[ <TIMESTAMP> ] [ DEBUG ] [ tf:228 ]  Added placeholder with name 'lambda_2/lambda_4/strided_slice_port_0_ie_placeholder'
[ <TIMESTAMP> ] [ DEBUG ] [ tf:241 ]  update_input_in_pbs: replace input 'lambda_2/lambda_3/strided_slice' with input 'lambda_2/lambda_3/strided_slice_port_0_ie_placeholder'
[ <TIMESTAMP> ] [ DEBUG ] [ tf:249 ]  Replacing input '0' of the node 'lambda_2/Complex' with placeholder 'lambda_2/lambda_3/strided_slice_port_0_ie_placeholder'
[ <TIMESTAMP> ] [ DEBUG ] [ tf:241 ]  update_input_in_pbs: replace input 'lambda_2/lambda_4/strided_slice' with input 'lambda_2/lambda_4/strided_slice_port_0_ie_placeholder'
[ <TIMESTAMP> ] [ DEBUG ] [ tf:249 ]  Replacing input '1' of the node 'lambda_2/Complex' with placeholder 'lambda_2/lambda_4/strided_slice_port_0_ie_placeholder'
[ <TIMESTAMP> ] [ DEBUG ] [ tf:148 ]  Inferred shape of the output tensor with index '0' of the node 'lambda_2/Complex': '[  1 256 256]'
[ <TIMESTAMP> ] [ DEBUG ] [ infer:145 ]  Outputs:
[ <TIMESTAMP> ] [ DEBUG ] [ infer:32 ]  output[0]: shape = [  1 256 256], value = <UNKNOWN>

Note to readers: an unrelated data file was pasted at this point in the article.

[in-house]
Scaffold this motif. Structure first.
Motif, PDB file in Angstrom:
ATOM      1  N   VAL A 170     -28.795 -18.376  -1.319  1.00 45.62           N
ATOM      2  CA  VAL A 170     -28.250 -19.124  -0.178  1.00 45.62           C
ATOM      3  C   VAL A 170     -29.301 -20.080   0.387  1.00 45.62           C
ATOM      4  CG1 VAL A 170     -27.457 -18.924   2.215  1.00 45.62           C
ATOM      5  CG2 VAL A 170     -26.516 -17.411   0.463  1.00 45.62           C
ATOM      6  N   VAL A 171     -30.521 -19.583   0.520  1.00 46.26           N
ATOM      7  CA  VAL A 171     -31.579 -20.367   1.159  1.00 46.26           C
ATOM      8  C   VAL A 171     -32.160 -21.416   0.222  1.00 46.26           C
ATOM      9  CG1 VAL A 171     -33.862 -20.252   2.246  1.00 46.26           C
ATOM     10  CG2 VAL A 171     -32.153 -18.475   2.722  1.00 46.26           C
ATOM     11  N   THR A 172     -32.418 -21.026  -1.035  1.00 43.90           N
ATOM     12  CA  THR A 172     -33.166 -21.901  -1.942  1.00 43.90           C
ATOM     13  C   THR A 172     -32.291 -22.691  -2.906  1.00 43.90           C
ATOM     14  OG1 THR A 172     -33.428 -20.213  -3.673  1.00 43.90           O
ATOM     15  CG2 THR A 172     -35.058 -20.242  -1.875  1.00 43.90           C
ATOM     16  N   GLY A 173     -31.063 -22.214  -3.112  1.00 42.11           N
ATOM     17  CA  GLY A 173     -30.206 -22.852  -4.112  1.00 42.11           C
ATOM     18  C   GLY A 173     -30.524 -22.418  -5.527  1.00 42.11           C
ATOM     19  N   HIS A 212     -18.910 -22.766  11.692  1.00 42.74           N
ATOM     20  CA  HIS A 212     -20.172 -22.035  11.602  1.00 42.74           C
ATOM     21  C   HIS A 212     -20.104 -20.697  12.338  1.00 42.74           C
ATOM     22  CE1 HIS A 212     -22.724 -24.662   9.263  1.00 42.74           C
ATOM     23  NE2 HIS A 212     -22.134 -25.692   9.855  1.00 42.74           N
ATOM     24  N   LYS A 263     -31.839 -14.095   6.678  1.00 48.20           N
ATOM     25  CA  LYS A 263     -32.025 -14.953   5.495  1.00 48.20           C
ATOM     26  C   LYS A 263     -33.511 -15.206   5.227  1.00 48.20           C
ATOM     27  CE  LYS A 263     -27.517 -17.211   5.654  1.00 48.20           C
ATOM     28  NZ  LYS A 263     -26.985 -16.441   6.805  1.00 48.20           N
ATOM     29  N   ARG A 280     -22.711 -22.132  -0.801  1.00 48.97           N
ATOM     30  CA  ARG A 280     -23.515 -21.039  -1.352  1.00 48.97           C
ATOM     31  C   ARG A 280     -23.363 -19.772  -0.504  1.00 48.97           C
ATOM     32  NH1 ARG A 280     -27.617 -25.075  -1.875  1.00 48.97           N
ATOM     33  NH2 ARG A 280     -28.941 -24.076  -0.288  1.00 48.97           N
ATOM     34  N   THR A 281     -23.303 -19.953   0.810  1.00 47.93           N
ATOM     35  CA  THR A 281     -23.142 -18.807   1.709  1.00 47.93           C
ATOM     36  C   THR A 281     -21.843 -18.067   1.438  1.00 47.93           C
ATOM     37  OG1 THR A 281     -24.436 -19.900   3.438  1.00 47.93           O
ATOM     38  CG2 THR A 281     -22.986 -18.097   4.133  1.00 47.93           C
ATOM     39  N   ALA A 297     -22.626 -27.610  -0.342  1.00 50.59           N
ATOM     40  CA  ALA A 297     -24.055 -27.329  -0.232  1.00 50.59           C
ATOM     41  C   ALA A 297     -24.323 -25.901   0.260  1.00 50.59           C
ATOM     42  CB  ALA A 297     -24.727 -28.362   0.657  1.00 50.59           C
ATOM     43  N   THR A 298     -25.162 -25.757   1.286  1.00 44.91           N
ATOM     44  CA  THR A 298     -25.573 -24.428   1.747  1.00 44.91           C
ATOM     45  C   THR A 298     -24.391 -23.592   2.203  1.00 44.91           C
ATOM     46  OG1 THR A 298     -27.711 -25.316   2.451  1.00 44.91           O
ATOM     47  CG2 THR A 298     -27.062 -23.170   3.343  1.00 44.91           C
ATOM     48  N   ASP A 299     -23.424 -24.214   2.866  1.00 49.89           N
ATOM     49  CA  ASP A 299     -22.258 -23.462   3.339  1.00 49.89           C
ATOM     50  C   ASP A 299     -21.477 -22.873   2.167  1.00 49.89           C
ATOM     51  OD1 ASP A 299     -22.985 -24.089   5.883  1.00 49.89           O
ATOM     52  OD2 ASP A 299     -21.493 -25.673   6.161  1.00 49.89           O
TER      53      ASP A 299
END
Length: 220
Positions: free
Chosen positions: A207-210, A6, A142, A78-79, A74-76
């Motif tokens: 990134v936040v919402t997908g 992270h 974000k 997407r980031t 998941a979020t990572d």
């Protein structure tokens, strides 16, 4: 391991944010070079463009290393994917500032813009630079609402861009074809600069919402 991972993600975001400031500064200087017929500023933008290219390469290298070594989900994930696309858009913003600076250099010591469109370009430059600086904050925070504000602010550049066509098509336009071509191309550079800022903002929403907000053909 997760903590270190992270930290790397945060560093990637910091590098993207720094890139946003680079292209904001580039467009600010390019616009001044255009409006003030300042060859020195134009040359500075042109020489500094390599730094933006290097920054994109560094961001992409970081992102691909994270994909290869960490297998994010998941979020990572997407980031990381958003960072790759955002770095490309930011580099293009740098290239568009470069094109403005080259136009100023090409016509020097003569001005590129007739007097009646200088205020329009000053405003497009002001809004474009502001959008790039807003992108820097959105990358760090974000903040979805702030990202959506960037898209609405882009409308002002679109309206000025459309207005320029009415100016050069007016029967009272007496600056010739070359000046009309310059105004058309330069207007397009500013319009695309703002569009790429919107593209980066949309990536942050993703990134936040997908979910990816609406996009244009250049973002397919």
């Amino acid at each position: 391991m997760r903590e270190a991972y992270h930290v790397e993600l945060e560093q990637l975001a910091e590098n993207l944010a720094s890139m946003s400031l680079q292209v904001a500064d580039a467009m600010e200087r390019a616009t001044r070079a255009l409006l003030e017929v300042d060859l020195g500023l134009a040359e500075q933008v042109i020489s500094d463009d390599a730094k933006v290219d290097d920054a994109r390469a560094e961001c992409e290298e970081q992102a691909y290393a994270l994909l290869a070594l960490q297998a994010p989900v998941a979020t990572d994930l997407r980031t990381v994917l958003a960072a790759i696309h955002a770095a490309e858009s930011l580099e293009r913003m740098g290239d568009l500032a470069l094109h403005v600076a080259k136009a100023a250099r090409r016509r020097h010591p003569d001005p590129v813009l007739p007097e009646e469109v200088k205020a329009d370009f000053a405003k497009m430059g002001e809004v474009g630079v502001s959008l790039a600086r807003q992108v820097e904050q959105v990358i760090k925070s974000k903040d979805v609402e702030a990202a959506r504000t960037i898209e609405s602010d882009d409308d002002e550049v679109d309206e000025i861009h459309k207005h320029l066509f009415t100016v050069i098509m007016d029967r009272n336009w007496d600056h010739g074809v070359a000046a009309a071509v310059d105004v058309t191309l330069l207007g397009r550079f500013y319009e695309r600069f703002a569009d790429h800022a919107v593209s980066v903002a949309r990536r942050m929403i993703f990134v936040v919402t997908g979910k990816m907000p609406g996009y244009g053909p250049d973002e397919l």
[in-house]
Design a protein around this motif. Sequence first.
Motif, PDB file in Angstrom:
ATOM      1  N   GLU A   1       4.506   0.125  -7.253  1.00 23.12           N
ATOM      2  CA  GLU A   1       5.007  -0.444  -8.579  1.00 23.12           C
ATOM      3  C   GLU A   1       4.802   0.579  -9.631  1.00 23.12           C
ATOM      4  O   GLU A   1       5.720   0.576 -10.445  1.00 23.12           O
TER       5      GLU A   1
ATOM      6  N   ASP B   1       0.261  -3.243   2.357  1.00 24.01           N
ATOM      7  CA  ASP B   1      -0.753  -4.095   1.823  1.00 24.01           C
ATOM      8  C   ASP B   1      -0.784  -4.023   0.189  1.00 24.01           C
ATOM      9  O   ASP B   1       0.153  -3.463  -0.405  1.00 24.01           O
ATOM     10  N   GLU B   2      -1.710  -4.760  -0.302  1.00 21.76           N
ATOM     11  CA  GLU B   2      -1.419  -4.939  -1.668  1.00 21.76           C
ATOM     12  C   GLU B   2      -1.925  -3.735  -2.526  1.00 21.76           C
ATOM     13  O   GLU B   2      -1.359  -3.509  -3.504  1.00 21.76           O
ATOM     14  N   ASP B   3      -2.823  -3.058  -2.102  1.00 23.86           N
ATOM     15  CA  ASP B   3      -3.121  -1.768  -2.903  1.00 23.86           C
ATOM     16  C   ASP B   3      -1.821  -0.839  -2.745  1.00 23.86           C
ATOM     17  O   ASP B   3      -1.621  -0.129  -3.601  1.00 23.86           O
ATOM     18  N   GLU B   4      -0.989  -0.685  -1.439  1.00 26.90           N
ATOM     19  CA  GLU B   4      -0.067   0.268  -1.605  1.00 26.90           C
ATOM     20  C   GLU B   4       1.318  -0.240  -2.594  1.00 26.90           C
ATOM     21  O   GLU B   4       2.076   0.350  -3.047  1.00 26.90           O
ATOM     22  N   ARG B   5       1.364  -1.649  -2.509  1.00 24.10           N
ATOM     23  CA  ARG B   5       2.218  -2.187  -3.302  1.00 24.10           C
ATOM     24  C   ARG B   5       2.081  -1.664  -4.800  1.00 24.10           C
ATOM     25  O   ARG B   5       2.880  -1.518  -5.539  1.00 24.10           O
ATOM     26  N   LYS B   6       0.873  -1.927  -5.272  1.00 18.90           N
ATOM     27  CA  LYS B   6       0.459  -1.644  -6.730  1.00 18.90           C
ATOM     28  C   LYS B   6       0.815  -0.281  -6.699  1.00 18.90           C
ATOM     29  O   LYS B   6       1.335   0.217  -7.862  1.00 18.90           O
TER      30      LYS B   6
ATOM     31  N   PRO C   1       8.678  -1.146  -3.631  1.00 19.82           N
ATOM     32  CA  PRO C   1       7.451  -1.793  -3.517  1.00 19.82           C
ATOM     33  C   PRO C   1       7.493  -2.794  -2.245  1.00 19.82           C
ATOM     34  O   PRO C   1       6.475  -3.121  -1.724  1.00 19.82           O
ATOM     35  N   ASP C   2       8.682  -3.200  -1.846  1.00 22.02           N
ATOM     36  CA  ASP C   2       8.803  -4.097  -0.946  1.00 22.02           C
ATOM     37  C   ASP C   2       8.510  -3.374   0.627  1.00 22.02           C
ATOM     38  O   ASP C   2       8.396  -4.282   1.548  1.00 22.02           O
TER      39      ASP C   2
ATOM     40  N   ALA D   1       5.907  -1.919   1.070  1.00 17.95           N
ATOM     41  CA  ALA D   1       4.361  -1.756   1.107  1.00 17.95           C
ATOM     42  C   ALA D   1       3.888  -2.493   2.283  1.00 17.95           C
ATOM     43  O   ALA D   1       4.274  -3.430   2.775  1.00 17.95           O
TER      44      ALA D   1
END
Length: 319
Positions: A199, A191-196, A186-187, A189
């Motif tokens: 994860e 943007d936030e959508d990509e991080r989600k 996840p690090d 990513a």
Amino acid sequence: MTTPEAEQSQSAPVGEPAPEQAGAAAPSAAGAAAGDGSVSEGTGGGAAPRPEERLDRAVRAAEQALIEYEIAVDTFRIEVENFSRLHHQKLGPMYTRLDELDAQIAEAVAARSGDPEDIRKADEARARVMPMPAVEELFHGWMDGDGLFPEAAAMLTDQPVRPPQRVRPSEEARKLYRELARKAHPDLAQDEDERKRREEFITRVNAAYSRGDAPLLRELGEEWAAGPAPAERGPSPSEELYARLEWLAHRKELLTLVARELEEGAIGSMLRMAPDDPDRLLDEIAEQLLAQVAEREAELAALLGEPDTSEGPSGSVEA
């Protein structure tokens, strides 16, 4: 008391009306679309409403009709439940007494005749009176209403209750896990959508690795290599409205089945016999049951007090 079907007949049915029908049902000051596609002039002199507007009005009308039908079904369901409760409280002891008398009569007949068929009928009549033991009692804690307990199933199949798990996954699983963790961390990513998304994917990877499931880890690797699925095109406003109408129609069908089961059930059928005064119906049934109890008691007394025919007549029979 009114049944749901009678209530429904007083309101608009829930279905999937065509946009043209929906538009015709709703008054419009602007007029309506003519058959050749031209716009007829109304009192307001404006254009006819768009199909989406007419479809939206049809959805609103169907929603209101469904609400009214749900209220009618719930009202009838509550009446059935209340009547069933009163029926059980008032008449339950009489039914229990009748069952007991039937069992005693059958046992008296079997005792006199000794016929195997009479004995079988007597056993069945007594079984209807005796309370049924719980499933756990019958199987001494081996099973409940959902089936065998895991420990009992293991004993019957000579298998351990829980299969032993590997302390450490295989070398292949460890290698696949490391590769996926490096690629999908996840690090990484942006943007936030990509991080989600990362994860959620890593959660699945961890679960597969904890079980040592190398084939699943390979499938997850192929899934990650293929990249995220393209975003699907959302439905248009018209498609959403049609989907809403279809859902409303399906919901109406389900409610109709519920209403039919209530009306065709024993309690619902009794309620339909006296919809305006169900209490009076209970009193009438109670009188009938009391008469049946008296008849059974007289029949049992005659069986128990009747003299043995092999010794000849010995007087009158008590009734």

[ <TIMESTAMP> ] [ DEBUG ] [ infer:129 ]  --------------------
[ <TIMESTAMP> ] [ DEBUG ] [ infer:130 ]  Partial infer for lambda_2/IFFT2D
[ <TIMESTAMP> ] [ DEBUG ] [ infer:131 ]  Op: IFFT2D
[ <TIMESTAMP> ] [ DEBUG ] [ infer:132 ]  Inputs:
[ <TIMESTAMP> ] [ DEBUG ] [ infer:32 ]  input[0]: shape = [  1 256 256], value = <UNKNOWN>

This is a part of the log of the partial inference phase of the model conversion. See the “Partial Inference” section on the Model Optimizer Extensibility for more information about this phase. Model Optimizer inferred output shape for the unknown operation of type “Complex” using a “fallback” to TensorFlow*. However, it is not enough to generate the IR because Model Optimizer doesn’t know which attributes of the operation should be saved to IR. So it is necessary to implement Model Optimizer extensions to support these operations.

Before going into the extension development it is necessary to understand what these unsupported operations do according to the TensorFlow* framework specification.

• “Complex” - returns a tensor of complex type constructed from two real input tensors specifying real and imaginary part of a complex number.

• “IFFT2D” - returns a tensor with inverse 2-dimensional discrete Fourier transform over the inner-most 2 dimensions of an input.